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Lutheran Care journeys toward better inclusivity with Aboriginal Cultural Awareness training

First Nations leader Tony Minniecon stands at front of the room talking to a group of Lutheran Care staff during a Aboriginal Cultural Awareness training session

Lutheran Care journeys toward better inclusivity with Aboriginal Cultural Awareness training

As part of Lutheran Care’s journey to becoming more culturally safe and inclusive in our workplace and practices, staff have been undertaking Aboriginal Cultural Awareness training.

A total of 82 per cent of staff have so far completed the training, which was conducted in person across 12 sessions. Seven of the sessions were held at our new Kent Town site in our purpose-built training room. All remaining staff will undertake the training early this year and any new staff will also be required to undertake the training as part of their employment.

First Nations leader Tony Minniecon from Buddy Up – Best Practice delivered the training with co-presenter Nicki Gartlan. Tony is a Kabi Kabi man originally from Queensland’s Sunshine Coast region.

Tony has a strong background in supporting children and young people as a Principal Aboriginal Consultant with the Department of Child Protection and has worked as a consultant and in program development with and for numerous government and non-government agencies. With a solid background in cultural knowledge and networks in South Australia, his expertise and insights were invaluable.

The content included an introduction to the beauty and uniqueness of family structures through a First Nations lens, and an important reminder of the timeline of damaging events in colonial history that have contributed to the discrimination, challenges and trauma that First Nations people continue to face. The session included participants brainstorming proactive new policies and practices to benefit and include First Nations staff and clients and concluded with a yarn circle.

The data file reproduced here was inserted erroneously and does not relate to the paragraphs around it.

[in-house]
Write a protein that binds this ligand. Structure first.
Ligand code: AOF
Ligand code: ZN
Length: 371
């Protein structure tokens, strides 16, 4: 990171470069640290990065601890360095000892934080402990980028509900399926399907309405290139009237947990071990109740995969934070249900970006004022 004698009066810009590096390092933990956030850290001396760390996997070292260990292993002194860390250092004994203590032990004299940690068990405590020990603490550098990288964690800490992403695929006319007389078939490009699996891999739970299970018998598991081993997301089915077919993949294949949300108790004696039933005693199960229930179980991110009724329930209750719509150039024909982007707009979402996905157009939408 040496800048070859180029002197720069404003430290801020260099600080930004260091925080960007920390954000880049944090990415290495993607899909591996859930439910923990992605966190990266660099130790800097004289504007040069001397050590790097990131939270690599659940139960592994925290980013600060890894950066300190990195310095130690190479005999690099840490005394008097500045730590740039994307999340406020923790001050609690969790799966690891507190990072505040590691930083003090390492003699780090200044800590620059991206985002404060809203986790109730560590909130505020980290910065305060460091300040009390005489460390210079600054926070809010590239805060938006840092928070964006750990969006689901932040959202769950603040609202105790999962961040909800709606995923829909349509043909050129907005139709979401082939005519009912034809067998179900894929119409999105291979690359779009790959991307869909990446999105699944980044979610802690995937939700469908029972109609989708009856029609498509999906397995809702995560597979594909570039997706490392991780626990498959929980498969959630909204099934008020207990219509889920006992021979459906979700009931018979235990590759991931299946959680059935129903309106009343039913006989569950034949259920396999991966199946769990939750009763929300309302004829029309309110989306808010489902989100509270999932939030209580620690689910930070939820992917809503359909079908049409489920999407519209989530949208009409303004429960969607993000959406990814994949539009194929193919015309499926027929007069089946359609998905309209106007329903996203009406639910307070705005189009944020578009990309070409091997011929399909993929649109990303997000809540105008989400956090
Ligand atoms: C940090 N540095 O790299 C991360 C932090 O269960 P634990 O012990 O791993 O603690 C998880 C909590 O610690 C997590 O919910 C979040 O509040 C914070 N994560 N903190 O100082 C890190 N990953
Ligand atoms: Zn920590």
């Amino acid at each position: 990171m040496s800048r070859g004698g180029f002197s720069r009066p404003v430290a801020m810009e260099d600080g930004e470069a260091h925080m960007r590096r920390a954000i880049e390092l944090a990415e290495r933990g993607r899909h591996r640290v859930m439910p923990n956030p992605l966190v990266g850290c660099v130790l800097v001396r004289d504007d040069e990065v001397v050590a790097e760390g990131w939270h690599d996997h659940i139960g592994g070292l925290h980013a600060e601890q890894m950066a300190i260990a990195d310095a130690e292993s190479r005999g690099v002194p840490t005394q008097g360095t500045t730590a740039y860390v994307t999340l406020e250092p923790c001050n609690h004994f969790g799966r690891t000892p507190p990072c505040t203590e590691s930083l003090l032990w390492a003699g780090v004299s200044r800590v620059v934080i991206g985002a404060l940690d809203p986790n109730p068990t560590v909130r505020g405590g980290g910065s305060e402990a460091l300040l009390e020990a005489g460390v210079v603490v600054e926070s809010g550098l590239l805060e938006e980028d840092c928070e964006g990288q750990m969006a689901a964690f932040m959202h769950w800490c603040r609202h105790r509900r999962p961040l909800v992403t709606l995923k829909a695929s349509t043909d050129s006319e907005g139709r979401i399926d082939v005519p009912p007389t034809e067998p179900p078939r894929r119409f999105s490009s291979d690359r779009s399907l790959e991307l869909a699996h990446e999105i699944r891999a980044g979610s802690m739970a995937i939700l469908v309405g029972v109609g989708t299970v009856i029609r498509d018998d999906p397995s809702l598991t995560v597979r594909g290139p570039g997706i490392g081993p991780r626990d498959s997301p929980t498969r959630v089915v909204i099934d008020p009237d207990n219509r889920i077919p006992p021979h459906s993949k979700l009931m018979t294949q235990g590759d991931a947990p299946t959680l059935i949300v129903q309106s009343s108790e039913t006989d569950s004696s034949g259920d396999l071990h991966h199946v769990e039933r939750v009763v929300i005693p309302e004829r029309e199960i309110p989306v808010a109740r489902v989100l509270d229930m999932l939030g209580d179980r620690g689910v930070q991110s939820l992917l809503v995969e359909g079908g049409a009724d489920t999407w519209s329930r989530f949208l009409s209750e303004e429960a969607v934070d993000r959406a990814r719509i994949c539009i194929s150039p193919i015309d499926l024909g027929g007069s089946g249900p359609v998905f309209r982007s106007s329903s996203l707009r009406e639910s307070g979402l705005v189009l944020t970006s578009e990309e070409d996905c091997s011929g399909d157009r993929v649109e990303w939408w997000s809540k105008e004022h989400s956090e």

One staff member said, “it was important to confront the truth of our history and Tony and Nicki’s sensitive and non-shaming approach to presenting the content was appreciated. I learned a lot from the presenters and also from the lived experience and cultural knowledge in the room in my particular session, which Tony often deferred to and amplified. I was grateful for the experience and hope we can introduce some of our ideas to make Lutheran Care an organisation that more Aboriginal and Torres Strait Islander leaders, workers, contractors, clients and foster families will feel safe and welcome to be involved with”.

Presenter Tony Minniecon shared the following reflections on the training.

“Nicki and I really enjoyed facilitating the Cultural Training,” he said.

“It was important to us that all participants not feel guilt or shame for past events, but rather they walk away with knowledge of Aboriginal history and Culture and a sense of empowerment to better understand the complexities of intergenerational trauma and how to use that knowledge to work more effectively and compassionately with Aboriginal clients.

“We appreciate Lutheran Care providing a culturally safe and inclusive environment; staff who have done the training have shared their vision and commitment in moving forward.

“We are excited to continue sharing our knowledge in 2023.”

Providing mandatory Cultural Awareness Training for all staff is an action from Lutheran Care’s Reconciliation Action Plan.